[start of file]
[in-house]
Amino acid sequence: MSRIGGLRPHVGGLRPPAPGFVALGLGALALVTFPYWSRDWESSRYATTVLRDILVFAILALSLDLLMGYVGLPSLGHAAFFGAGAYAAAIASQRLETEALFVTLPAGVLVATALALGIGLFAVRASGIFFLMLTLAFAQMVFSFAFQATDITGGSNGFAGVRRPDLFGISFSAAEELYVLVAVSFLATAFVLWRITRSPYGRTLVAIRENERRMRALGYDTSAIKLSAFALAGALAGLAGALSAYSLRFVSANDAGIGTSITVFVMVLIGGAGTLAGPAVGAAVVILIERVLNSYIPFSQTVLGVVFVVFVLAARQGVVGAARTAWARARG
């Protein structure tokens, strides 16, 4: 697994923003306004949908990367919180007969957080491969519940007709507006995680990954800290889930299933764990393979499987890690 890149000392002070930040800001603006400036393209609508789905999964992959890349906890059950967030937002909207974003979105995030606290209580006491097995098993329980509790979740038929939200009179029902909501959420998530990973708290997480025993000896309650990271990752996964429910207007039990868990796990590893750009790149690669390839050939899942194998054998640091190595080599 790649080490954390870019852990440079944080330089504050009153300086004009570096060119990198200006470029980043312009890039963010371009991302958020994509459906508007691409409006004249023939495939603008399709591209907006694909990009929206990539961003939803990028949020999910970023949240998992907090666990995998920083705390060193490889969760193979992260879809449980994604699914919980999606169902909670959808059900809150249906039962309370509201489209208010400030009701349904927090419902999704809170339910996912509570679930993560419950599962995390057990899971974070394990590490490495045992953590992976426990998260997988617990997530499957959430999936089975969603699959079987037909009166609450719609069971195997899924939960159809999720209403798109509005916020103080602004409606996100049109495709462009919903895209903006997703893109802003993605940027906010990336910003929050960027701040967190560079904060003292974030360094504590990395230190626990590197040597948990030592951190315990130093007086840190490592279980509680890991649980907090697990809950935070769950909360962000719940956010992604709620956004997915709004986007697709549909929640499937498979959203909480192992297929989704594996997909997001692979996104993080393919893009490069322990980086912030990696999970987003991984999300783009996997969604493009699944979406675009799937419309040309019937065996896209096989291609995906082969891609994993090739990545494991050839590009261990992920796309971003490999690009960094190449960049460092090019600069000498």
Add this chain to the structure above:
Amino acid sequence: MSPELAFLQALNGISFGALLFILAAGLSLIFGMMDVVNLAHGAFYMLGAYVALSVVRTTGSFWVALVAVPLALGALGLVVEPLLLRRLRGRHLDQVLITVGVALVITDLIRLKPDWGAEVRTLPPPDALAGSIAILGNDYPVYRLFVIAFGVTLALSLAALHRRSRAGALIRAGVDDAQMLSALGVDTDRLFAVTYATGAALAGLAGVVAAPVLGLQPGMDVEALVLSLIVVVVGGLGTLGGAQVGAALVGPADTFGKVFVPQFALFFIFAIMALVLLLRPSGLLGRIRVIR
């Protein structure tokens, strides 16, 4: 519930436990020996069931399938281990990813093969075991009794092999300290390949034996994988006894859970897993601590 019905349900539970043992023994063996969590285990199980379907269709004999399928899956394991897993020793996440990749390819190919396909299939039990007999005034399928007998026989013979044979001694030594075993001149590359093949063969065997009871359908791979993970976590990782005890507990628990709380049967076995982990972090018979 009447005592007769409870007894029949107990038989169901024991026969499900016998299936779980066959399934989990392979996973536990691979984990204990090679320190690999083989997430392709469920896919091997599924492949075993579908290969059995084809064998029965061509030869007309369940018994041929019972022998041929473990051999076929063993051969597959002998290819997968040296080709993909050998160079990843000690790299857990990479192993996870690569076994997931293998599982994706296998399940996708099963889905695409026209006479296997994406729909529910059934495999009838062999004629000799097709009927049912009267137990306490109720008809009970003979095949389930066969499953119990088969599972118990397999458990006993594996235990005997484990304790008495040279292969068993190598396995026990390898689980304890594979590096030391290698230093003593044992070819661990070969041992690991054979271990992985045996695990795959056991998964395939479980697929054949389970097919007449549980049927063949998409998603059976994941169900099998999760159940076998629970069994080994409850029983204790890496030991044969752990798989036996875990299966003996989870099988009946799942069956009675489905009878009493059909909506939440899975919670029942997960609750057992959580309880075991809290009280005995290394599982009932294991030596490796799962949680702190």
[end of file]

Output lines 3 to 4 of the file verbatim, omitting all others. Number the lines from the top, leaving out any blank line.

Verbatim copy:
């Protein structure tokens, strides 16, 4: 697994923003306004949908990367919180007969957080491969519940007709507006995680990954800290889930299933764990393979499987890690 890149000392002070930040800001603006400036393209609508789905999964992959890349906890059950967030937002909207974003979105995030606290209580006491097995098993329980509790979740038929939200009179029902909501959420998530990973708290997480025993000896309650990271990752996964429910207007039990868990796990590893750009790149690669390839050939899942194998054998640091190595080599 790649080490954390870019852990440079944080330089504050009153300086004009570096060119990198200006470029980043312009890039963010371009991302958020994509459906508007691409409006004249023939495939603008399709591209907006694909990009929206990539961003939803990028949020999910970023949240998992907090666990995998920083705390060193490889969760193979992260879809449980994604699914919980999606169902909670959808059900809150249906039962309370509201489209208010400030009701349904927090419902999704809170339910996912509570679930993560419950599962995390057990899971974070394990590490490495045992953590992976426990998260997988617990997530499957959430999936089975969603699959079987037909009166609450719609069971195997899924939960159809999720209403798109509005916020103080602004409606996100049109495709462009919903895209903006997703893109802003993605940027906010990336910003929050960027701040967190560079904060003292974030360094504590990395230190626990590197040597948990030592951190315990130093007086840190490592279980509680890991649980907090697990809950935070769950909360962000719940956010992604709620956004997915709004986007697709549909929640499937498979959203909480192992297929989704594996997909997001692979996104993080393919893009490069322990980086912030990696999970987003991984999300783009996997969604493009699944979406675009799937419309040309019937065996896209096989291609995906082969891609994993090739990545494991050839590009261990992920796309971003490999690009960094190449960049460092090019600069000498």
Add this chain to the structure above: